When I was a teenager, I spent a lot of after-school and summer time at a non-profit arts organization-type place called MECA. I took dance and voice lessons there, performed in their performances, ate whatever free food they had lying around, etc. As you may imagine, MECA attracted all sorts of adult teachers, volunteers, and artists. There was a photographer working on his MFA who liked to hang around, use the students and backdrops for interesting compositions and, in exchange, provide photos for use in MECA’s marketing and development. He was a cool guy. I swear he wasn’t a child molester or anything – that’s not where this story is going. He was a cool dude and he liked to take artsy (not pervy) pictures of us, and he’d take a lot of pictures of me because I was pretty when I was young and I had the patience/lack of vanity needed to pose in artsy ways. As some of y’all may know, taking artsy photos means waiting for perfect light. Posing for artsy photos, back in the ‘80s, meant waiting for lens changes. So this young man and I would talk a lot. We had a lot of interesting conversations.
One day Ray (that was his name) noted that I was having a tragic childhood. He wasn’t being mean—it was obvious. Everyone at the non-profit organization could see that I was poverty-stricken, angsty, and vitamin-deficient. It wasn’t a secret and a lot of my childhood neighbors could be described the same way. So Ray noted my “bad” childhood, said it would likely lead to a bad young adulthood, and then I’d be destined to have a good second half to my life.
I laughed. How did he figure that?
It was a theory he’d developed. He’d observed that people who had inordinately bad childhoods usually went on to have very good lives later. And the reverse was true, as well, he said. He gave me examples. Most were successful people who’d grown up poor and child actors gone wrong. He listed James Dean. I pointed out that James Dean had died young. He said that was the ultimate example: good half was fame and fortune, bad half was being dead.
I thought his theory was silly. I didn’t say so but he could tell, and he kept reassuring me that it was true, especially in my case. He invoked his ethnicity. He was some kind of American Indian—I forget which tribe—and he had a special feeling (which, as a Chicana, I had to respect), therefore his words were actually a premonition. He saw my future by looking into my eyes. Click!
I’m not a dumb-dumb. Even then I knew he was trying to be nice. Cheer up the girl and get her to smile. Guys tended to do that, some more creatively than others. His method fed into my secret hopes and made for a better photograph.
When the ‘80s ended, I embarked on an unhappy young adulthood. Of course I did—with the life I’d lived until then, it was practically my destiny.
But now I’m happy. (Like the Russian man said, every happy family is happy in the same way, so you can imagine it without details.) Everything around me is different, to the point that people who meet me now have a hard time imagining the hungry, sad child I tell them I used to be.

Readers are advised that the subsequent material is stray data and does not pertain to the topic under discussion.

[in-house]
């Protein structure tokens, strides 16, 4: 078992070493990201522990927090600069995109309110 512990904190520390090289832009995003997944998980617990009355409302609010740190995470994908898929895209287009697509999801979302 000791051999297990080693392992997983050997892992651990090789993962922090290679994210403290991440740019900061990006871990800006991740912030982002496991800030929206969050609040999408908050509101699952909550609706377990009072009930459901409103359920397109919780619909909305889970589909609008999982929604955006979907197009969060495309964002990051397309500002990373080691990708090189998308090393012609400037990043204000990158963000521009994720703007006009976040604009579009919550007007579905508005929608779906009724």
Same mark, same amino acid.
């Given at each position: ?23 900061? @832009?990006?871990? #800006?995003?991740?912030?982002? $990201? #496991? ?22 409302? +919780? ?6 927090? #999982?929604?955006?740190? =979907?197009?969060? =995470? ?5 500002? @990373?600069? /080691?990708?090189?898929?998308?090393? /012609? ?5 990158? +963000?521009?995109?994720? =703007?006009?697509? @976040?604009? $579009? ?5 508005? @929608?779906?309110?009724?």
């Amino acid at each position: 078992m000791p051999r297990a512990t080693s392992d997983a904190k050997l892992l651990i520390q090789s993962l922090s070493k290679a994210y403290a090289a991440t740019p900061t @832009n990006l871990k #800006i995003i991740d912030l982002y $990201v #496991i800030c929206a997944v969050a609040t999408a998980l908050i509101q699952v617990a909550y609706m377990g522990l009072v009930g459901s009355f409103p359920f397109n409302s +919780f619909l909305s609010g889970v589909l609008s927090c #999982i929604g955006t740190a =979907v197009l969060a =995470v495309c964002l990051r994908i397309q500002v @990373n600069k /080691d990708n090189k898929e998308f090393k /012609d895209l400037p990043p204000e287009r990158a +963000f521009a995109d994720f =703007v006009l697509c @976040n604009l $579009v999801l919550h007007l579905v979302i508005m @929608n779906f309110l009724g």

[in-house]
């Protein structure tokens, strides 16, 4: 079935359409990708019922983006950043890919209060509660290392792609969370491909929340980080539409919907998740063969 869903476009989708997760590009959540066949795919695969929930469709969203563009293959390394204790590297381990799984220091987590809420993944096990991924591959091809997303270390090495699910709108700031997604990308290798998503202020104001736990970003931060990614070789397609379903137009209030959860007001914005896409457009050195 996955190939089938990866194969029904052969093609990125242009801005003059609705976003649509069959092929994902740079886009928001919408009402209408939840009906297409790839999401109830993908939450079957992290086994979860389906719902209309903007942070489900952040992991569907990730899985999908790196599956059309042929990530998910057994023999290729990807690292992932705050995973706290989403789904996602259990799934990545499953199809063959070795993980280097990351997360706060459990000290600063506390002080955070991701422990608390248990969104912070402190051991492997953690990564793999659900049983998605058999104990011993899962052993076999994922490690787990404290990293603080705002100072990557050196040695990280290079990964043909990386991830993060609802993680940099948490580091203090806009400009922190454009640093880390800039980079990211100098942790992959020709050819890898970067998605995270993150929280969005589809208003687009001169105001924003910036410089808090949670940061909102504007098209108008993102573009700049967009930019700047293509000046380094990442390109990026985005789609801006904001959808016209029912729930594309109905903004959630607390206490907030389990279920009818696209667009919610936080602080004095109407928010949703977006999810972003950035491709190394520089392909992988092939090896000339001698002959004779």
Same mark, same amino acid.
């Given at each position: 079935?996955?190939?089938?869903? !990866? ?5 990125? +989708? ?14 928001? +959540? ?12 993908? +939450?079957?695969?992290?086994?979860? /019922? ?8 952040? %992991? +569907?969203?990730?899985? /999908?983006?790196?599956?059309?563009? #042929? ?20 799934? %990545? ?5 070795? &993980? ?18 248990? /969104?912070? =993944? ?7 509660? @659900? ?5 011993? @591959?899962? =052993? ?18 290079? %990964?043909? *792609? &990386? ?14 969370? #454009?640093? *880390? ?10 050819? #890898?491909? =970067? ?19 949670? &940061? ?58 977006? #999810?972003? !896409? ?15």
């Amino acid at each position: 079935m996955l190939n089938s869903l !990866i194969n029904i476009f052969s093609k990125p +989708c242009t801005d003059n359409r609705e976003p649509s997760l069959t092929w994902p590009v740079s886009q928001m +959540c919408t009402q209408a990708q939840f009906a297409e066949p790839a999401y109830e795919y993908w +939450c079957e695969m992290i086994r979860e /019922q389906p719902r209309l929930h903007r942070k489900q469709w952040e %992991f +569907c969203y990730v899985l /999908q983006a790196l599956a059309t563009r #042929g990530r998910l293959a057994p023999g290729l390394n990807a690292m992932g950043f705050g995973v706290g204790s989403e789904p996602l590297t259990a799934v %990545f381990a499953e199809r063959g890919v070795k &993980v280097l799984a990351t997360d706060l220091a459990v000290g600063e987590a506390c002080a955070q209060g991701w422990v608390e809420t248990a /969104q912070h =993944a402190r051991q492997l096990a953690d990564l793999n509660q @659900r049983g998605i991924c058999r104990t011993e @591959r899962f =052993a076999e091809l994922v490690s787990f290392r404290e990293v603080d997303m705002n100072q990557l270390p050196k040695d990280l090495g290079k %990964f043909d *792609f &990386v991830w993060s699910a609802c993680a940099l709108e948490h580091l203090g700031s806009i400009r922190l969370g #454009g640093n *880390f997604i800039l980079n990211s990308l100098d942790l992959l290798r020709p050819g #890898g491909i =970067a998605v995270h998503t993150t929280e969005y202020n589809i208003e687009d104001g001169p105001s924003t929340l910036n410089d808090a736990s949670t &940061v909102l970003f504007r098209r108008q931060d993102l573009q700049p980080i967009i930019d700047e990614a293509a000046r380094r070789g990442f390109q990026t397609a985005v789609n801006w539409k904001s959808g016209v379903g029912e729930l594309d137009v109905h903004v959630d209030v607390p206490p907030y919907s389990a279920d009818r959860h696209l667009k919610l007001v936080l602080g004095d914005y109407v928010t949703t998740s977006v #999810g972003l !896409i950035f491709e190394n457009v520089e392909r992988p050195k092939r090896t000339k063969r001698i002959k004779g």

Problems arise in my life, yes. But they aren’t part of an unlucky existence—that unstoppable series of unfortunate events, one after another—like they used to be. They’re only temporary obstacles. Like plots on a sitcom, they’re resolved with happy endings, week after week.
I know, rationally, that my life changed because I’ve gained experience, worked hard, gone to therapy, and aligned myself with trustworthy people. But I think about Ray’s theory more and more lately, and it gives me extra confidence. Even though it’s silly, I find myself thinking, “Remember, this is the good half of my life.” That means problems are temporary. That means it’ll all work out in the end.
It’s a comforting mantra, like shorthand for everything I’ve learned. Basically, it was the modeling fee Ray paid me for my smile. #can’tstayseriousforonewholepage
Poetry Book as Personality Test?
Read my latest book, Falling in Love with Fellow Prisoners and tell me what you think of it, and you’ll be telling me something about yourself.
Someone said it’s all about sex and women striving to dominate men.
Someone said it’s about hope and being a mom.
A lot of Houstonians said it’s about urban loneliness.
College students are my favorite readers because they bravely tell me their interpretations and demand that I confirm or deny. Some students thought the poem “Girlfriend” was about a girl lamenting to a boy. Some thought it was a boy having his heart broken by a girl. All the students in the class knew “Eula in the Bathroom Stall” was about feeling vulnerable and uncomfortable… but why? Because the speaker was defecating? Masturbating? Having a really bad day at school?
A young woman asked if the catcaller’s words in “Omega Wolf” were things that had actually been said to me. I told them the actual comments that had inspired it—way less graphic but every bit as invasive—and they were shocked. Could easily imagine the fear/loathing/fascination I felt and then tried to convey in the piece.
Someone thought the poem about a spinal headache was about miscarriage. His mistake made me imagine his fears.
I hate opaque poetry and I try to keep mine plain and comprehensible. But I love hearing people’s interpretations, even when they’re totally different from my intent. All I want is to make you feel what I felt, or let you know that I feel what you felt, so we’ll feel less alone.